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Internet Law

Evidence

2005

Articles 1 - 3 of 3

Full-Text Articles in Law

Breaking The Bank: Revisiting Central Bank Of Denver After Enron And Sarbanes-Oxley, Celia Taylor Sep 2005

Breaking The Bank: Revisiting Central Bank Of Denver After Enron And Sarbanes-Oxley, Celia Taylor

ExpressO

No abstract provided.


Cross-Examining The Brain: A Legal Analysis Of Neural Imaging For Credibility Impeachment, Charles N. W. Keckler Mar 2005

Cross-Examining The Brain: A Legal Analysis Of Neural Imaging For Credibility Impeachment, Charles N. W. Keckler

ExpressO

The last decade has seen remarkable process in understanding ongoing psychological processes at the neurobiological level, progress that has been driven technologically by the spread of functional neuroimaging devices, especially magnetic resonance imaging, that have become the research tools of a theoretically sophisticated cognitive neuroscience. As this research turns to specification of the mental processes involved in interpersonal deception, the potential evidentiary use of material produced by devices for detecting deception, long stymied by the conceptual and legal limitations of the polygraph, must be re-examined. Although studies in this area are preliminary, and I conclude they have not yet satisfied …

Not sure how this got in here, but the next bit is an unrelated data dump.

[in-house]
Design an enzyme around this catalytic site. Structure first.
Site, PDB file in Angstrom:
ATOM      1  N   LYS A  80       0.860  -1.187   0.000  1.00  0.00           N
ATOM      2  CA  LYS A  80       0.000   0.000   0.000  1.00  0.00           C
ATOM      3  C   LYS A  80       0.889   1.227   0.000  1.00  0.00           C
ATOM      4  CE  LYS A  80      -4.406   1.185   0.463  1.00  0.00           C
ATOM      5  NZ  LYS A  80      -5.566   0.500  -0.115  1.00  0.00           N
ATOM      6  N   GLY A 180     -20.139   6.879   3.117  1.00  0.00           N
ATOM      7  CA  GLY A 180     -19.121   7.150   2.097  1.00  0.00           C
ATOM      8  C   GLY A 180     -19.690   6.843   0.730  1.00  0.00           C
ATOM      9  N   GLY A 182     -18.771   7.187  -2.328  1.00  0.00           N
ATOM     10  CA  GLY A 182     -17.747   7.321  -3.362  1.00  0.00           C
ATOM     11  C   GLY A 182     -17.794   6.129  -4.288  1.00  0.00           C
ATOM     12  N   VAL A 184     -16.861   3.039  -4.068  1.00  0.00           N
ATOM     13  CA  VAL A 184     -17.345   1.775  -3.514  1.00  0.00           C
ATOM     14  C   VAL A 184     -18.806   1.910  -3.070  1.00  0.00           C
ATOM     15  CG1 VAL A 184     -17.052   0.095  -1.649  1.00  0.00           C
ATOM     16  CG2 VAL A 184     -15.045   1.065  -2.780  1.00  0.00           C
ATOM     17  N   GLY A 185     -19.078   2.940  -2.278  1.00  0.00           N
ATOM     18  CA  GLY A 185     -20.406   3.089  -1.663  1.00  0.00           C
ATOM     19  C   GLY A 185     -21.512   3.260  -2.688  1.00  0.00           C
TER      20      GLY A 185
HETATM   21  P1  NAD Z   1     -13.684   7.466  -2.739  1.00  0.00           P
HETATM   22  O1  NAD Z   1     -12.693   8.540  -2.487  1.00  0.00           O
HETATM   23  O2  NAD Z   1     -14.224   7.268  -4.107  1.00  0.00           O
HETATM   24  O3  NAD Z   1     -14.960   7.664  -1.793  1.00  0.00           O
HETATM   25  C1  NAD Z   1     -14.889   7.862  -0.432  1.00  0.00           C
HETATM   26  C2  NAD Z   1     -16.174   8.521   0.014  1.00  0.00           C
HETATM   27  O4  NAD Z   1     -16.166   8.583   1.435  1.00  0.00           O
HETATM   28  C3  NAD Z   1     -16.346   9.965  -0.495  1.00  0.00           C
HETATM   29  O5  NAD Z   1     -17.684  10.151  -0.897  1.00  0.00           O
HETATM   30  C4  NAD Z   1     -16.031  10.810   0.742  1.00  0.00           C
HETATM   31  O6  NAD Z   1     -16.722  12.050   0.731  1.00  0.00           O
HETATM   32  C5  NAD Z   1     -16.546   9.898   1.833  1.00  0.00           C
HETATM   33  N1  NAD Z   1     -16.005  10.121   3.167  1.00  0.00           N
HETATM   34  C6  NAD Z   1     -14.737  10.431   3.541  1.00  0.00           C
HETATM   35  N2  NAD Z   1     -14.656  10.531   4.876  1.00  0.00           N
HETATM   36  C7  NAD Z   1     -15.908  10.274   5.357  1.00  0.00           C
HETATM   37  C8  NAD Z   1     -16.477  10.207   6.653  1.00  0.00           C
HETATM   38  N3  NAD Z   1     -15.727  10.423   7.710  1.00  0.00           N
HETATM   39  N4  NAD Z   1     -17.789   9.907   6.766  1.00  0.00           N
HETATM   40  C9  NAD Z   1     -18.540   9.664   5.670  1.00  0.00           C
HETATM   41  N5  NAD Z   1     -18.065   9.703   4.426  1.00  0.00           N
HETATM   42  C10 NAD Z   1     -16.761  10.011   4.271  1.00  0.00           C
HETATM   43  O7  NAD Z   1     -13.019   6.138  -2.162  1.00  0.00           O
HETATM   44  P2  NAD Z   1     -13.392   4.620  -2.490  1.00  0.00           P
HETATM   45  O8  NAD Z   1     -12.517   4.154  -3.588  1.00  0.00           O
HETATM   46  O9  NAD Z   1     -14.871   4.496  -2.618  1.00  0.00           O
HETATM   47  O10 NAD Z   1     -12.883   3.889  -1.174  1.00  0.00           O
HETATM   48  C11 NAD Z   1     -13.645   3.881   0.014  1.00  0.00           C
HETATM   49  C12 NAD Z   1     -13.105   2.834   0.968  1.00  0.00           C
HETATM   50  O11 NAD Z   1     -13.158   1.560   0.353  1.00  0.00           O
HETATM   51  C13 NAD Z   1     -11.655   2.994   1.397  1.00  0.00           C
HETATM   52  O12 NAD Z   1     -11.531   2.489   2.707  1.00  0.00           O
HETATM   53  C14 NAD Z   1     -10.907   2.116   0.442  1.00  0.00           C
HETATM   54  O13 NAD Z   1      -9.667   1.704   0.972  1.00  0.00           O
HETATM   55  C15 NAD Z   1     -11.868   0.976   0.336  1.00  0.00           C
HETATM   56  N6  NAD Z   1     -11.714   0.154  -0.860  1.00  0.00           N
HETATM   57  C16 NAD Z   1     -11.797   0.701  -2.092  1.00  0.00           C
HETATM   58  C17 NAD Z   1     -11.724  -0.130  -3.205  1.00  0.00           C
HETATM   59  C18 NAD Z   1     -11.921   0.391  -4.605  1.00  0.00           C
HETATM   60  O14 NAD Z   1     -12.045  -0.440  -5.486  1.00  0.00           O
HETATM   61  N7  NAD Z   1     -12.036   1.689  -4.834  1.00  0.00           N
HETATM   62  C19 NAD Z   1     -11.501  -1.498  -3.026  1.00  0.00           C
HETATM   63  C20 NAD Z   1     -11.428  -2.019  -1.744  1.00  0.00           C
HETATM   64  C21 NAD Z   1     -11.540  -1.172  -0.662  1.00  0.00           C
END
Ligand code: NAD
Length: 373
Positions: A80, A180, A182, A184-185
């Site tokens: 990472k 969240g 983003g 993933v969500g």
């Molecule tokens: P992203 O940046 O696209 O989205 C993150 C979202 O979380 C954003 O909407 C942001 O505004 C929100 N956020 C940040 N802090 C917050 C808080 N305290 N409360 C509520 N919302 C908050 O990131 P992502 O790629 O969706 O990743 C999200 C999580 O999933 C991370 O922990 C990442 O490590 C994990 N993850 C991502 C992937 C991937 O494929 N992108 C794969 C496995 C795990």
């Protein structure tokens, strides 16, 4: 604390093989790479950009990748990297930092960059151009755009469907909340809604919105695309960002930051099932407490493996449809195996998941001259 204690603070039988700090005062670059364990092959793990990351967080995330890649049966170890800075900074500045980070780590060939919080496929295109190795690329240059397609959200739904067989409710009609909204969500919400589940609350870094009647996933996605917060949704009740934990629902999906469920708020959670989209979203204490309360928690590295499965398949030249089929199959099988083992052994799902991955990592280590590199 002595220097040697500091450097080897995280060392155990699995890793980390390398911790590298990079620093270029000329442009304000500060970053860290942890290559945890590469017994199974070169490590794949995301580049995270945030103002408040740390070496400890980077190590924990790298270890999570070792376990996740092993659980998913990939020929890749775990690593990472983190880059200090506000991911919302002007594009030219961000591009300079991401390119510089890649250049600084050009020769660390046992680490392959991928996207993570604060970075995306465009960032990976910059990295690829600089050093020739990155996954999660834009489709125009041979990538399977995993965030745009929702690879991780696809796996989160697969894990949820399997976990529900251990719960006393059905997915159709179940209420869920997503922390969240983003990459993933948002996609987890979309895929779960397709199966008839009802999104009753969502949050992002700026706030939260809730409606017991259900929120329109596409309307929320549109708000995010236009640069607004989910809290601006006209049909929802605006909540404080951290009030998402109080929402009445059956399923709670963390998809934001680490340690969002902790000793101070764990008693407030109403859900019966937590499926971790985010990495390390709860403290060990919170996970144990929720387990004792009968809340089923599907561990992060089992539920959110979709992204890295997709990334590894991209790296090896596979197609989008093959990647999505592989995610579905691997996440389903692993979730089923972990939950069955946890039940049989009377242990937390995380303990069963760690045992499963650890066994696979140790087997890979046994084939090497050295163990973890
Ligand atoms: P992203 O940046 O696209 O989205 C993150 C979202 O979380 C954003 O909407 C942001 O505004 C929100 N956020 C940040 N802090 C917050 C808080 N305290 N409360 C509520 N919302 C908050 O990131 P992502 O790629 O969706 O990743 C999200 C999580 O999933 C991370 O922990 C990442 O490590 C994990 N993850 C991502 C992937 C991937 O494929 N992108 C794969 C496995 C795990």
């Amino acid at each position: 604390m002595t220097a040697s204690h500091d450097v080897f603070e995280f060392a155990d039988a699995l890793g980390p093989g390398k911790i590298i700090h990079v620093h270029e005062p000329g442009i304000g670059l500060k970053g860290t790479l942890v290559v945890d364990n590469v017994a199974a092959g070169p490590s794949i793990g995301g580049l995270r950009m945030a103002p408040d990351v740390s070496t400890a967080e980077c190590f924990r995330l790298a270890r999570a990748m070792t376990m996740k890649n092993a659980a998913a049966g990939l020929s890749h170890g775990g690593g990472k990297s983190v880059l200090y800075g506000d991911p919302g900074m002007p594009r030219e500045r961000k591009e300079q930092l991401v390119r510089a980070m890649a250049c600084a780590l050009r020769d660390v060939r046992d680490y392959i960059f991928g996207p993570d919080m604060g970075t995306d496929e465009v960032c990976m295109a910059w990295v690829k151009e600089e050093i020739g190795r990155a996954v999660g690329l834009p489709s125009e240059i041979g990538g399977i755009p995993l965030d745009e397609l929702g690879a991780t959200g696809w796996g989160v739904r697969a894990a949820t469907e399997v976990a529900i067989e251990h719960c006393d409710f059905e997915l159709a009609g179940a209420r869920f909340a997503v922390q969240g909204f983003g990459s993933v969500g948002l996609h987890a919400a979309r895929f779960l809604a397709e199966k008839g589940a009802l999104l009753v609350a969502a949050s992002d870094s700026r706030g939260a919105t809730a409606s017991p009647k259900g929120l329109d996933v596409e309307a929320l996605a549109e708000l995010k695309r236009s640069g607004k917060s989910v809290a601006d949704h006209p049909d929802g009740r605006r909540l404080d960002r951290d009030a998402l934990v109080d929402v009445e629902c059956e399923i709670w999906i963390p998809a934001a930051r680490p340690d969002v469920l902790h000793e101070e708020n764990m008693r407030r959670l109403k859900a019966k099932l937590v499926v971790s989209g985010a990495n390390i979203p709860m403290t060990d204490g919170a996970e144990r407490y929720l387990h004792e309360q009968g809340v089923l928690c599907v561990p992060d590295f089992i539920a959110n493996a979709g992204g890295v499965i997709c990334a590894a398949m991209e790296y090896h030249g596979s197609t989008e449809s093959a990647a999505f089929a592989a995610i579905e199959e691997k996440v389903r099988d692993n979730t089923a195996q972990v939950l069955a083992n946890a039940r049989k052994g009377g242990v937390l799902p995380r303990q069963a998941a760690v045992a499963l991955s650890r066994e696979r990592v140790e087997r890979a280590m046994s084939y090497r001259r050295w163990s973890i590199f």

Cross-Examining The Brain: A Legal Analysis Of Neural Imaging For Credibility Impeachment, Charles N. W. Keckler Feb 2005

Cross-Examining The Brain: A Legal Analysis Of Neural Imaging For Credibility Impeachment, Charles N. W. Keckler

George Mason University School of Law Working Papers Series

The last decade has seen remarkable process in understanding ongoing psychological processes at the neurobiological level, progress that has been driven technologically by the spread of functional neuroimaging devices, especially magnetic resonance imaging, that have become the research tools of a theoretically sophisticated cognitive neuroscience. As this research turns to specification of the mental processes involved in interpersonal deception, the potential evidentiary use of material produced by devices for detecting deception, long stymied by the conceptual and legal limitations of the polygraph, must be re-examined. Although studies in this area are preliminary, and I conclude they have not yet satisfied …